Extrinsic Rewards and Intrinsic Motives: Standard and Behavioral Approaches to Agency and Labor Markets

Bard College Levy Economics Institute Working Paper No. 607

101 Pages Posted: 16 Aug 2010

See all articles by James B. Rebitzer

James B. Rebitzer

Boston University School of Management; National Bureau of Economic Research (NBER); IZA Institute of Labor Economics; Bard College - The Levy Economics Institute

Lowell J. Taylor

Carnegie Mellon University - H. John Heinz III School of Public Policy and Management

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Date Written: August 16, 2010

Abstract

Employers structure pay and employment relationships to mitigate agency problems. A large literature in economics documents how the resolution of these problems shapes personnel policies and labor markets. For the most part, the study of agency in employment relationships relies on highly stylized assumptions regarding human motivation, e.g., that employees seek to earn as much money as possible with minimal effort. In this essay, we explore the consequences of introducing behavioral complexity and realism into models of agency within organizations. Specifically, we assess the insights gained by allowing employees to be guided by such motivations as the desire to compare favorably to others, the aspiration to contribute to intrinsically worthwhile goals, and the inclination to reciprocate generosity or exact retribution for perceived wrongs. More provocatively, from the standpoint of standard economics, we also consider the possibility that people are driven, in ways that may be opaque even to themselves, by the desire to earn social esteem or to shape and reinforce identity.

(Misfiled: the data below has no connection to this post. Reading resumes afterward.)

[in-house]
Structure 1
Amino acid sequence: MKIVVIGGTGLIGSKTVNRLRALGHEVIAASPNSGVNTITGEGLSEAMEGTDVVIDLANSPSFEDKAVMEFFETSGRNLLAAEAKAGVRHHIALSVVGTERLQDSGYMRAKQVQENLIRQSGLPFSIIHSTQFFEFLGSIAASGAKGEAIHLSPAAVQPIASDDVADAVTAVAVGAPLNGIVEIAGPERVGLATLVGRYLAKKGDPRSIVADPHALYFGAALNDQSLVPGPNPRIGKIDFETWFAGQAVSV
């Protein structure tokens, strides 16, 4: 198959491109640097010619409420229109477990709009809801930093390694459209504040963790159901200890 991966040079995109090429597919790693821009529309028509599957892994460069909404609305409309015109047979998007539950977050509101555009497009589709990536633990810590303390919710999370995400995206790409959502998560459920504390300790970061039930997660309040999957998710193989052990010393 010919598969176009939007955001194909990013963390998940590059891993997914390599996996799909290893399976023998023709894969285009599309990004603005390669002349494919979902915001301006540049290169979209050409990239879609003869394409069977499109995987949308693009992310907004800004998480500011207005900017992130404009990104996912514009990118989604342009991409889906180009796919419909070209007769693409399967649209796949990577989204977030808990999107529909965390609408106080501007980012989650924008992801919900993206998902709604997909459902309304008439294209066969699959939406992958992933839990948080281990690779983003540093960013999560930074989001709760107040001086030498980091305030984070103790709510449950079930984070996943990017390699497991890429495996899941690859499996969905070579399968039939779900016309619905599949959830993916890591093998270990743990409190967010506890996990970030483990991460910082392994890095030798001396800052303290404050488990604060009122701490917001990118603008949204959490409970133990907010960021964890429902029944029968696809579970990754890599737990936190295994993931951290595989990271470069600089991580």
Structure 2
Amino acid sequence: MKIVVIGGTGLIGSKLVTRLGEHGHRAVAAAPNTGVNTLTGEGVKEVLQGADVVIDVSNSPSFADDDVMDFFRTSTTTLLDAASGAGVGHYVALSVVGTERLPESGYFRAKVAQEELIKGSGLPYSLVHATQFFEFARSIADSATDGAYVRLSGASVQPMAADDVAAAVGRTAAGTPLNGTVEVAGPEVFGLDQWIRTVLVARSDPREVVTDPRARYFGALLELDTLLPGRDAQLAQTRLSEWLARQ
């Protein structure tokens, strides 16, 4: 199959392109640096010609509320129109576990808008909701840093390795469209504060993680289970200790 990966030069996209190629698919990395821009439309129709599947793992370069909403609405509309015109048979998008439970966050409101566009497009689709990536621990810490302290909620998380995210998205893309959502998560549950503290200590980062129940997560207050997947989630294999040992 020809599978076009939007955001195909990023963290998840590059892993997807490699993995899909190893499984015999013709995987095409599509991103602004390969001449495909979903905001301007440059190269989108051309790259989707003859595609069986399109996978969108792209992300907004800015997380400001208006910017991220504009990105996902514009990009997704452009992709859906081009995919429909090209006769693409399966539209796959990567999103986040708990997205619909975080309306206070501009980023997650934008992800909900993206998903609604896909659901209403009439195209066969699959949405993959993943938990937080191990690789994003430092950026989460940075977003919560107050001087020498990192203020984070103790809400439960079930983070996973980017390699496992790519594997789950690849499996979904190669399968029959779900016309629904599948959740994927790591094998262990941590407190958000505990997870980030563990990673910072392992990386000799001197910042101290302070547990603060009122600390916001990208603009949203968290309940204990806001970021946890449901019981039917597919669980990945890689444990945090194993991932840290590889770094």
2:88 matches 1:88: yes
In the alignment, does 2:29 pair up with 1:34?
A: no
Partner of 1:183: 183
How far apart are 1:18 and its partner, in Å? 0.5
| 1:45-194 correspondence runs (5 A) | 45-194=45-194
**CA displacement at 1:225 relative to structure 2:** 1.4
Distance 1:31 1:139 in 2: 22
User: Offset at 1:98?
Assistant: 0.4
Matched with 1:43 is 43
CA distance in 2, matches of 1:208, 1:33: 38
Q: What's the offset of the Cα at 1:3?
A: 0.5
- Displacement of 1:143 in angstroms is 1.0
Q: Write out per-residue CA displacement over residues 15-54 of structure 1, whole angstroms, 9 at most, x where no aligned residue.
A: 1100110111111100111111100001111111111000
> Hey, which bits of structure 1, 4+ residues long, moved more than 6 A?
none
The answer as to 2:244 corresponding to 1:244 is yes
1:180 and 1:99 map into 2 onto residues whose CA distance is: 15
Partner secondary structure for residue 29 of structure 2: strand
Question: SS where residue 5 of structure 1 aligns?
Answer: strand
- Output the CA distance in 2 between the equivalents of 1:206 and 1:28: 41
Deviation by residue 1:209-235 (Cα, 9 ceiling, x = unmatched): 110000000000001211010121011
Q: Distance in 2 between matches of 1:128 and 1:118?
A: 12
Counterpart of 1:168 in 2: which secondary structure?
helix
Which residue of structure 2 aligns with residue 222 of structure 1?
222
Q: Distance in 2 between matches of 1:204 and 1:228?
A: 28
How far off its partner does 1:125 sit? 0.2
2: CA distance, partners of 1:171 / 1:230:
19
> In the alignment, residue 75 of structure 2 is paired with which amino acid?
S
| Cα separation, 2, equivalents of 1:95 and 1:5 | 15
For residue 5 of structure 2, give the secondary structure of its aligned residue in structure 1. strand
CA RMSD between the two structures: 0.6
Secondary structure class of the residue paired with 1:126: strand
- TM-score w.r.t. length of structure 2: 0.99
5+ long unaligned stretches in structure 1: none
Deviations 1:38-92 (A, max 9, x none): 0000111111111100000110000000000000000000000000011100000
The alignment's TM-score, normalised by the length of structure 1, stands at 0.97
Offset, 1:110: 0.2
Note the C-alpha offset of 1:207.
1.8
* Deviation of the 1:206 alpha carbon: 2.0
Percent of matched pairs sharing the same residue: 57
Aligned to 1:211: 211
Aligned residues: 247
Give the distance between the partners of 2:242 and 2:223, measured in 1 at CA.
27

Keywords: Agency, Motivation, Employment Relationships, Behavioral Economics

JEL Classification: D2, J0, M5

Suggested Citation

Rebitzer, James B. and Taylor, Lowell J., Extrinsic Rewards and Intrinsic Motives: Standard and Behavioral Approaches to Agency and Labor Markets (August 16, 2010). Bard College Levy Economics Institute Working Paper No. 607. Available at SSRN: https://ssrn.com/abstract=1659700 or http://dx.doi.org/10.2139/ssrn.1659700

James B. Rebitzer (Contact Author)

Boston University School of Management ( email )

595 Commonwealth Avenue
Boston, MA MA 02215
United States
617 353 4605 (Phone)

National Bureau of Economic Research (NBER)

1050 Massachusetts Avenue
Cambridge, MA 02138
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IZA Institute of Labor Economics

P.O. Box 7240
Bonn, D-53072
Germany

Bard College - The Levy Economics Institute

Blithewood
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Lowell J. Taylor

Carnegie Mellon University - H. John Heinz III School of Public Policy and Management ( email )

Pittsburgh, PA 15213-3890
United States
412-268-3278 (Phone)
412-268-7036 (Fax)

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